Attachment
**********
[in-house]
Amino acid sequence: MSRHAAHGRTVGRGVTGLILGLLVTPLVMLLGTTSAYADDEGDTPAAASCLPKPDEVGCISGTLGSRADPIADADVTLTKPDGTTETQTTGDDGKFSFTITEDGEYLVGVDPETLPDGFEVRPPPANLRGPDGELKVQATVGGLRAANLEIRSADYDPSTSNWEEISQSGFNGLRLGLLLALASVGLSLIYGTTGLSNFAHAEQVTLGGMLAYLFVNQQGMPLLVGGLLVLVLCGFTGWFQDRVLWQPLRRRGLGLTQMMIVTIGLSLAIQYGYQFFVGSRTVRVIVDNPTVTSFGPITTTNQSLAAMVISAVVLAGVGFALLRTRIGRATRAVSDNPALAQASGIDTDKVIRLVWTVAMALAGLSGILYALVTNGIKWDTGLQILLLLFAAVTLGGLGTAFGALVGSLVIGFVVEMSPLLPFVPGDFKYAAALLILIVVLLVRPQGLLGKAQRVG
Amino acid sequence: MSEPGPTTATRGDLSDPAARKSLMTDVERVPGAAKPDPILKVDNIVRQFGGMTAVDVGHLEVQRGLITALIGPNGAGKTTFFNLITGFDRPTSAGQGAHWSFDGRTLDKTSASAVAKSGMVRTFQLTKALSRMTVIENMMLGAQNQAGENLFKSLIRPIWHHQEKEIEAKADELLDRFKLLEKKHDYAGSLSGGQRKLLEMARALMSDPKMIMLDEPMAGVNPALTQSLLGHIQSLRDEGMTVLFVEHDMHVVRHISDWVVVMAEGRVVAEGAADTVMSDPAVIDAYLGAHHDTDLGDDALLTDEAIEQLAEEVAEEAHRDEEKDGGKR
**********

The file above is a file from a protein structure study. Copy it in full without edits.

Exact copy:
[in-house]
Amino acid sequence: MSRHAAHGRTVGRGVTGLILGLLVTPLVMLLGTTSAYADDEGDTPAAASCLPKPDEVGCISGTLGSRADPIADADVTLTKPDGTTETQTTGDDGKFSFTITEDGEYLVGVDPETLPDGFEVRPPPANLRGPDGELKVQATVGGLRAANLEIRSADYDPSTSNWEEISQSGFNGLRLGLLLALASVGLSLIYGTTGLSNFAHAEQVTLGGMLAYLFVNQQGMPLLVGGLLVLVLCGFTGWFQDRVLWQPLRRRGLGLTQMMIVTIGLSLAIQYGYQFFVGSRTVRVIVDNPTVTSFGPITTTNQSLAAMVISAVVLAGVGFALLRTRIGRATRAVSDNPALAQASGIDTDKVIRLVWTVAMALAGLSGILYALVTNGIKWDTGLQILLLLFAAVTLGGLGTAFGALVGSLVIGFVVEMSPLLPFVPGDFKYAAALLILIVVLLVRPQGLLGKAQRVG
Amino acid sequence: MSEPGPTTATRGDLSDPAARKSLMTDVERVPGAAKPDPILKVDNIVRQFGGMTAVDVGHLEVQRGLITALIGPNGAGKTTFFNLITGFDRPTSAGQGAHWSFDGRTLDKTSASAVAKSGMVRTFQLTKALSRMTVIENMMLGAQNQAGENLFKSLIRPIWHHQEKEIEAKADELLDRFKLLEKKHDYAGSLSGGQRKLLEMARALMSDPKMIMLDEPMAGVNPALTQSLLGHIQSLRDEGMTVLFVEHDMHVVRHISDWVVVMAEGRVVAEGAADTVMSDPAVIDAYLGAHHDTDLGDDALLTDEAIEQLAEEVAEEAHRDEEKDGGKR